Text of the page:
BAINES on how his life will be different after being inducted into the Hall of Fame: “I’ll still go back to my little small town of St. Michael’s (Maryland) and live my life. It won’t change that much. I can probably make a change, but I’m 60 years old and I’m not trying to get any busier. I’m trying to go the other way.”

For a full recap of this weekend’s Hall of Fame festivities in Cooperstown and the very latest White Sox news, videos, podcasts, and more, fans are urged to visit NBCSportsChicago.com/WhiteSox and the MyTeams by NBC Sports app.

NBC Sports Chicago, a partnership between the Chicago Blackhawks (NHL), Chicago Bulls (NBA), Chicago Cubs (MLB), Chicago White Sox (MLB) and the NBC Sports Group, features over 275 live pro games in high definition each year.  In addition, NBC Sports Chicago delivers extensive pre/post-game coverage for its core pro team partners, as well as Chicago Bears postgame coverage, local sports discussion programs that includes SportsTalk Live, and massive cross-platform coverage provided by the network’s growing digital platform, NBCSportsChicago.com, the new “MyTeams by NBC Sports” app, and its variety of fan-focused social media outlets. Fans can follow the network on Twitter via @NBCSChicago.  

NBC Sports Regional Networks is NBC Sports Group’s portfolio of nine regional networks that delivers more than 2,200 live sporting events and original content to more than 35 million homes. Aligned within Eastern and Western Divisions, the NBC Sports Regional Networks are: NBC Sports Boston, NBC Sports Philadelphia, NBC Sports Philadelphia +, NBC Sports Washington, NBC Sports Washington + and SNY; and NBC Sports Bay Area, NBC Sports California, NBC Sports Chicago/NBC Sports Chicago+, and NBC Sports Northwest. For more information on NBC Sports Group properties, including press releases, photos, talent and executive bios, headshots and logos, please visit www.NBCSportsGroupPressBox.com.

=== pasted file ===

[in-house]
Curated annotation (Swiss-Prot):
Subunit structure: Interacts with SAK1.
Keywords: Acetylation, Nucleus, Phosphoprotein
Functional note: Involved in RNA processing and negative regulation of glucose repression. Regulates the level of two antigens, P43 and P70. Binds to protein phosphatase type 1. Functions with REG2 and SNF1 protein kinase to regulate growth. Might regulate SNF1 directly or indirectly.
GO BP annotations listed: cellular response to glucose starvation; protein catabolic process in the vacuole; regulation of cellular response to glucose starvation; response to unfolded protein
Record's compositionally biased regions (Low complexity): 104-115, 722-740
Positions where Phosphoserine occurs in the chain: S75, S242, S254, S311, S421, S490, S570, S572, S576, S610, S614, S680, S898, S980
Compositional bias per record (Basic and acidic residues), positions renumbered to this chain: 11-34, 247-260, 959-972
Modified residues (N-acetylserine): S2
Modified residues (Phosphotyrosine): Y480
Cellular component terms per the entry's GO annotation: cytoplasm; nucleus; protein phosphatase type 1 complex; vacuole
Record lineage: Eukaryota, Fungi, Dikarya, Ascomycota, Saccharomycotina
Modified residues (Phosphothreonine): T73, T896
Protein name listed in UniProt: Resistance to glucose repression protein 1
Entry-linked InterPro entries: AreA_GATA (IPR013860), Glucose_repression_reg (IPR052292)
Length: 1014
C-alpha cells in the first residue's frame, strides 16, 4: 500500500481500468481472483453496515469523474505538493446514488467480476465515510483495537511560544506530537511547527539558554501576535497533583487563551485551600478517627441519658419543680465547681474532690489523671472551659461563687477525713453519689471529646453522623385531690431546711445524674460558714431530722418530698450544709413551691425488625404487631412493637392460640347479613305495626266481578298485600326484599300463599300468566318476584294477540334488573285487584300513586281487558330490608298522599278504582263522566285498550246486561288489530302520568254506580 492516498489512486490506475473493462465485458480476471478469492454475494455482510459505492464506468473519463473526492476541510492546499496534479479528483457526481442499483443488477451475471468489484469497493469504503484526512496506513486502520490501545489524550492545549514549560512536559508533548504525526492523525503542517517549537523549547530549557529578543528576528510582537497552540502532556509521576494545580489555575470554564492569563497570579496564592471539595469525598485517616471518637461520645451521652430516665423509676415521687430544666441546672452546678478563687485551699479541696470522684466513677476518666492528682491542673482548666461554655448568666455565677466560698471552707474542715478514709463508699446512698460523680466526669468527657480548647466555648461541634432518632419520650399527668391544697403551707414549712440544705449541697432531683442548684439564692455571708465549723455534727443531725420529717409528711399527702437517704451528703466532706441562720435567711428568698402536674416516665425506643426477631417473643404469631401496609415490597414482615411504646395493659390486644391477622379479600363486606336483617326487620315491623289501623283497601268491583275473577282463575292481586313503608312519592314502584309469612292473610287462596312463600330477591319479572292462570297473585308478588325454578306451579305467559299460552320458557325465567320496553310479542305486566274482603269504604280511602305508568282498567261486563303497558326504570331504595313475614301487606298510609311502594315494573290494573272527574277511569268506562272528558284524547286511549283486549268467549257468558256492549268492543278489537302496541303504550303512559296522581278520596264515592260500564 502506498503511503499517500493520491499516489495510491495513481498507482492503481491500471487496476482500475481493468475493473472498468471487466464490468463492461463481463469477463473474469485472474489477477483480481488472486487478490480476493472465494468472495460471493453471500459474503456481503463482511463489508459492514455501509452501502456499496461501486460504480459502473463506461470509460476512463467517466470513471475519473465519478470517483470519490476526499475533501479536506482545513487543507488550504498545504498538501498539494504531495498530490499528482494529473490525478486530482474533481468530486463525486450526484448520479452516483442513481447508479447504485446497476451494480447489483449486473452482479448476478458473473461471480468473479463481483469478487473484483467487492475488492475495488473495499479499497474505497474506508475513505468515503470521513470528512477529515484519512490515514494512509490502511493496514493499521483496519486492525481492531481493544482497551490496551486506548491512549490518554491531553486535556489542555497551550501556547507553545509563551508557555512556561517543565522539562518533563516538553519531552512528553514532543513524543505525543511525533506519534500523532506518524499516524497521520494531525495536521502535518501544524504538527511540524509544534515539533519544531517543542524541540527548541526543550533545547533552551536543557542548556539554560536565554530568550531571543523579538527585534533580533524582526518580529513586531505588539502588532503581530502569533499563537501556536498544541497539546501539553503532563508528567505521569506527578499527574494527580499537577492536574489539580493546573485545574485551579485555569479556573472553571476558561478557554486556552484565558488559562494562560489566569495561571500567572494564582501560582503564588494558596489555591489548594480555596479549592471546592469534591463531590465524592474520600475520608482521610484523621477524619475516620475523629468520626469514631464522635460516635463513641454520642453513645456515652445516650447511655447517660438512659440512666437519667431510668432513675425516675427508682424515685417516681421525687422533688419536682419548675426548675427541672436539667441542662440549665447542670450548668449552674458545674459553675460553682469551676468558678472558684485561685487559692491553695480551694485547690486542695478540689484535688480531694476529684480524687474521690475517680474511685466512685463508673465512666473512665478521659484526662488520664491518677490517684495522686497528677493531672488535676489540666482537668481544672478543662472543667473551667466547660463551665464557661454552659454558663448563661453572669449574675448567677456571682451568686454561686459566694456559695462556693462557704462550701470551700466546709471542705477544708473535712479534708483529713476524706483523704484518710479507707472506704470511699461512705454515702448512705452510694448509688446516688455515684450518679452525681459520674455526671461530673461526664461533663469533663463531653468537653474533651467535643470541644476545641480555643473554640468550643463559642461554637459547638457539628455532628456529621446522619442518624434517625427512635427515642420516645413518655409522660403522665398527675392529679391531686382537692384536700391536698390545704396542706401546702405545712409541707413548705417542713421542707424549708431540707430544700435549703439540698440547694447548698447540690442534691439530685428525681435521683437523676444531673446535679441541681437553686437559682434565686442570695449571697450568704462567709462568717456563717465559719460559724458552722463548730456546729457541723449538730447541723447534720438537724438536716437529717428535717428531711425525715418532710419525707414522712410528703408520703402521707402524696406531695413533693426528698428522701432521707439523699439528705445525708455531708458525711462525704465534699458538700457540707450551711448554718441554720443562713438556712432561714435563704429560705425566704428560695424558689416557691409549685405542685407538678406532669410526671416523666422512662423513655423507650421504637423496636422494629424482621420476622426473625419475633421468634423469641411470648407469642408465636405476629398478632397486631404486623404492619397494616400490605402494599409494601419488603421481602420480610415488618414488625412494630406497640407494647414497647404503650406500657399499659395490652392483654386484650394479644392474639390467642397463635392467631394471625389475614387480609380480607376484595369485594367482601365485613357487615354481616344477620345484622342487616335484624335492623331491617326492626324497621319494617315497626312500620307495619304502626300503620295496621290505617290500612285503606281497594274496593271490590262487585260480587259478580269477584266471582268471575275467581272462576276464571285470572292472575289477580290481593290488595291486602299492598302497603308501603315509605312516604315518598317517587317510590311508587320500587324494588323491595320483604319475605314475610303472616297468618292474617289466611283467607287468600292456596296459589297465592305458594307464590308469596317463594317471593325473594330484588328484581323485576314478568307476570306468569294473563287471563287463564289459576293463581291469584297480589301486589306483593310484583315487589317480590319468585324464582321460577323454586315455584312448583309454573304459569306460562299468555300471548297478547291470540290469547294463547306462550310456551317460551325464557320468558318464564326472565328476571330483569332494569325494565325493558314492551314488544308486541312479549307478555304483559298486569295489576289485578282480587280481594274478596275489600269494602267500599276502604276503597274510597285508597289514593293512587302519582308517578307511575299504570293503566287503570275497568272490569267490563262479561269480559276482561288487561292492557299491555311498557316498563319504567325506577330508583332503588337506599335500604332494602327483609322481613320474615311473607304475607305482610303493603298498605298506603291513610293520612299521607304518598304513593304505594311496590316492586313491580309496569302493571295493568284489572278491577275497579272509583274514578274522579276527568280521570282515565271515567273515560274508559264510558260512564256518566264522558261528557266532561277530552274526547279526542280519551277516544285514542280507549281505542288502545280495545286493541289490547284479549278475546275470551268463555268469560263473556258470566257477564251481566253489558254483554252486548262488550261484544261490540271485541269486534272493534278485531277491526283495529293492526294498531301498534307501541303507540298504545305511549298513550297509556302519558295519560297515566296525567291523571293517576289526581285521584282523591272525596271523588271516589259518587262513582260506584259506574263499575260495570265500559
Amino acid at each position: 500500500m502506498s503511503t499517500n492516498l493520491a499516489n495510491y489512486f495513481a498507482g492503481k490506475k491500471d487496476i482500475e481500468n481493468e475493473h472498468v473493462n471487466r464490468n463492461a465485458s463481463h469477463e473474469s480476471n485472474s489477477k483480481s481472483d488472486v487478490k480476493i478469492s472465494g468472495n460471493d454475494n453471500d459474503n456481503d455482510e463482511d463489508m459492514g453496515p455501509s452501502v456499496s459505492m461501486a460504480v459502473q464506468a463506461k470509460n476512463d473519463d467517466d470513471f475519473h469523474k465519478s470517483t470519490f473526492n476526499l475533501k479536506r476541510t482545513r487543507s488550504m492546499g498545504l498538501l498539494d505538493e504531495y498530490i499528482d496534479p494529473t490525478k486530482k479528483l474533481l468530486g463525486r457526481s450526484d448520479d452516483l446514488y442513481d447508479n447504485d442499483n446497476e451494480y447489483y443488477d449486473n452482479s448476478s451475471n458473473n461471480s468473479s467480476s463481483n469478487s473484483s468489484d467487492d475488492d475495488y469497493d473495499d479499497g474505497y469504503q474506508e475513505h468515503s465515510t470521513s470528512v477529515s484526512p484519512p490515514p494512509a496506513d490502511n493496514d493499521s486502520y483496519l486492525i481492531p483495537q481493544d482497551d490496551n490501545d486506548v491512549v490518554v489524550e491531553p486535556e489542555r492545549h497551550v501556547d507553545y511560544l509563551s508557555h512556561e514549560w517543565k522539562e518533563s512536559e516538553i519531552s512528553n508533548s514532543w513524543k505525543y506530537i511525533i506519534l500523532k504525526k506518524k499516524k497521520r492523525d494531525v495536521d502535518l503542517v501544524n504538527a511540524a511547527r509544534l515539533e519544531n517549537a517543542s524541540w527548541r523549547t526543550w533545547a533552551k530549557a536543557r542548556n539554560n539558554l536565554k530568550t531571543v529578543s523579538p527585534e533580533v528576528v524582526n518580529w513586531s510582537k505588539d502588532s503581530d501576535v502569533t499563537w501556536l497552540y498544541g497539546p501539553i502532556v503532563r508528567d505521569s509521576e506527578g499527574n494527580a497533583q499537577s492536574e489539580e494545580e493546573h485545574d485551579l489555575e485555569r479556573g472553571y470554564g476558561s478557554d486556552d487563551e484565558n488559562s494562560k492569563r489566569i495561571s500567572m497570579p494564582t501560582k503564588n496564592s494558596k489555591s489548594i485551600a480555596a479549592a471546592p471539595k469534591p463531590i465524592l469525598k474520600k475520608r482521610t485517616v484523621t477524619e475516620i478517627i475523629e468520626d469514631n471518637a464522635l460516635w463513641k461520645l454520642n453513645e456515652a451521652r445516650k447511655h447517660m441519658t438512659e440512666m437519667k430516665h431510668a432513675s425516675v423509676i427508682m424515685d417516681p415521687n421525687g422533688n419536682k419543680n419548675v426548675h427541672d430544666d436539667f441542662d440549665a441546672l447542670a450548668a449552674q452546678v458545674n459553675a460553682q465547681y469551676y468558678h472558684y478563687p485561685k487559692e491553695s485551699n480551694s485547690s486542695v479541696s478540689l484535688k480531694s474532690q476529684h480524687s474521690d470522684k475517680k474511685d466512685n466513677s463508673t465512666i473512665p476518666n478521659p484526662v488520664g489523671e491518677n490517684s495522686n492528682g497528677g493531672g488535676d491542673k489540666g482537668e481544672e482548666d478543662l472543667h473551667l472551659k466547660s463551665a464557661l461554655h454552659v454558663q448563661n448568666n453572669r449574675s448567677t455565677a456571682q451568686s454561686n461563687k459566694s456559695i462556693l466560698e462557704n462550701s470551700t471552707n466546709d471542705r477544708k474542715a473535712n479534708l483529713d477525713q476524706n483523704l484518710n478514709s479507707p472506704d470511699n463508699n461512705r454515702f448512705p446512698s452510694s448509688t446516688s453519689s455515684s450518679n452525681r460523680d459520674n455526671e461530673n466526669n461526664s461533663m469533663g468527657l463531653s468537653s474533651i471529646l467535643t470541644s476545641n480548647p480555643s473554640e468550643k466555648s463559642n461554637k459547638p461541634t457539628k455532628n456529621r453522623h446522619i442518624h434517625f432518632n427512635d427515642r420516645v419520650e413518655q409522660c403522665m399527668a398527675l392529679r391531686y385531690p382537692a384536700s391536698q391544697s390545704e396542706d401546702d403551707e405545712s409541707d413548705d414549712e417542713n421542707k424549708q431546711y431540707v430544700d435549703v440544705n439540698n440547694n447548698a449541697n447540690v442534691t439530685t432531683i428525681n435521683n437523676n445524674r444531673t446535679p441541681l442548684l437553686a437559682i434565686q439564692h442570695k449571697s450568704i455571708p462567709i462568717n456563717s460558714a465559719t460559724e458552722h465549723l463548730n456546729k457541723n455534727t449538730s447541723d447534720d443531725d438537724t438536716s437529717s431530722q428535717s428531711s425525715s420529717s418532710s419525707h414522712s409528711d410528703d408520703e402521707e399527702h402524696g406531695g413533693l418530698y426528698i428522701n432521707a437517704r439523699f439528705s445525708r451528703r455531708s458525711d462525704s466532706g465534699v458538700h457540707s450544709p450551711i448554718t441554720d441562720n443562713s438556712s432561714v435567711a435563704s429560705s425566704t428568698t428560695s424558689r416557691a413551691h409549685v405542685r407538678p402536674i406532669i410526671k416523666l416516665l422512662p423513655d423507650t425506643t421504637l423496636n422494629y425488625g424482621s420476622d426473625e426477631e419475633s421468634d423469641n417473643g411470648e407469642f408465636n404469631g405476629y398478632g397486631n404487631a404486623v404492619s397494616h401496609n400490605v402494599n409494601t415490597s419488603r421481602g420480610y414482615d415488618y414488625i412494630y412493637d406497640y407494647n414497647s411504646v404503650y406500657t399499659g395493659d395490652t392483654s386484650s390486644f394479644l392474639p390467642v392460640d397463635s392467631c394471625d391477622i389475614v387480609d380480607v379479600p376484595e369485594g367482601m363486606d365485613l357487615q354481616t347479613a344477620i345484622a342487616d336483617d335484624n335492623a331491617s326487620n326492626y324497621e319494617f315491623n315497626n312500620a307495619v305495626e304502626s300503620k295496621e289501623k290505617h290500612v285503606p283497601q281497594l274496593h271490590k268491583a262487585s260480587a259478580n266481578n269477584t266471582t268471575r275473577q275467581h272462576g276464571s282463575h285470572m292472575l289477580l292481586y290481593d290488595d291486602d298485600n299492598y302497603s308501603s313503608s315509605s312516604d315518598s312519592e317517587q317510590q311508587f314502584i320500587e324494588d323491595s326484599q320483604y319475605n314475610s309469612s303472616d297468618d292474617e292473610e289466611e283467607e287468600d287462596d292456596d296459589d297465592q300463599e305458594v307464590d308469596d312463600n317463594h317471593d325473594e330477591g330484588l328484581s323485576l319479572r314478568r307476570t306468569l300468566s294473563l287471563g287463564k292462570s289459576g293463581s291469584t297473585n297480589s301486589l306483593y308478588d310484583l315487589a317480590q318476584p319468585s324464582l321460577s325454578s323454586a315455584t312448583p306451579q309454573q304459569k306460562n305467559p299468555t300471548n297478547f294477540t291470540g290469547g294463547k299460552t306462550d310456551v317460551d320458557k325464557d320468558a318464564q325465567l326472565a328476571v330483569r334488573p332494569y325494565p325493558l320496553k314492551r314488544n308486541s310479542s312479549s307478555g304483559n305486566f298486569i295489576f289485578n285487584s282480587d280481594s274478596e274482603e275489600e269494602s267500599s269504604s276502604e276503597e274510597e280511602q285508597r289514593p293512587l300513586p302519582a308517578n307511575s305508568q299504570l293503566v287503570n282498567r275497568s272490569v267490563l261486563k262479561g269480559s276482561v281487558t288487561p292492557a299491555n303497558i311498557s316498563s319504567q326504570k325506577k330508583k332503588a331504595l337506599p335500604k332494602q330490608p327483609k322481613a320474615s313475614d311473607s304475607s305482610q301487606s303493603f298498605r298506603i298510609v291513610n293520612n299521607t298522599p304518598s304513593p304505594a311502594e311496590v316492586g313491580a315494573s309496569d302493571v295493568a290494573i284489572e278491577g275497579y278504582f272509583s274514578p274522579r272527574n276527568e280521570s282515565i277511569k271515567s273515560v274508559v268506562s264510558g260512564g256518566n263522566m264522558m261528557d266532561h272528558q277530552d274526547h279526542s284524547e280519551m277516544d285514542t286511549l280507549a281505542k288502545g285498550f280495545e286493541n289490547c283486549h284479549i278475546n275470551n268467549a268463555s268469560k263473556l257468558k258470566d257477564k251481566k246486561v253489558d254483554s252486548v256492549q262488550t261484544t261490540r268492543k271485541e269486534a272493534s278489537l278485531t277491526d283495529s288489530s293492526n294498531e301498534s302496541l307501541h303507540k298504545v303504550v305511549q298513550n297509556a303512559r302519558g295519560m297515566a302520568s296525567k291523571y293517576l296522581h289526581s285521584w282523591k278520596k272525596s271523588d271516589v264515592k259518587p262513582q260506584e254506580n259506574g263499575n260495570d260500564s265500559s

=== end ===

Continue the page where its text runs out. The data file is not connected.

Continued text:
Dylan Cease struggles early, but finishes strong in second White Sox start

Dylan Cease struggles early, but finishes strong in second White Sox start

Dylan Cease picked up a win in his first start, but his second did not go as well.

Cease pitched six innings Tuesday at the Royals and gave up six runs (four earned) on eight hits and a walk. He struck out seven, but took the loss in an ugly game for the White Sox.

The game got off to an ominous start with Eloy Jimenez getting injured on the first batter Cease faced. The White Sox defense didn’t help Cease much either with three errors (Cease had one of those on an errant pickoff throw).

After giving up six runs in the first four innings, Cease settled down to retire the final eight batters he faced. He finished with seven strikeouts against just one walk and threw 67 of his 108 pitches for strikes.

Cease struck out six in his first start and is the first pitcher in White Sox history to strike out six or more in each of his first two career appearances.

A deeper look at Cease’s numbers show his swing and miss stuff hasn’t quite caught on as expected so far. Cease got 13 swinging strikes in 101 pitches in his major league debut. He got 12 whiffs on 108 pitches on Tuesday. His slider did get five swinging strikes on 25 pitches against the Royals.

Fastball command remains a key part to Cease’s success. He only threw 26 out of 54 fastballs for strikes in his debut. Cease improved upon that with 31 strikes on 50 fastballs against the Royals.

Most of the Royals’ damage came against Cease’s fastball as well. Six of the Royals’ eight hits off Cease, including all three extra base hits, were off heaters. Cease also gave up four hits with two strikes.

There has been plenty of hype surrounding Cease since he joined the White Sox, but he hasn’t hit the ground running in the majors just yet. Having 13 days between the first two starts of his career due to the all-star break and the White Sox giving him some extra rest also isn’t the ideal scenario for a young pitcher.

Cease’s ERA is now at 5.73, which isn’t going to set the world on fire. Still, there have been enough positives in his first two starts to see where reasonable improvement could lead to Cease becoming the pitcher the White Sox expect him to be.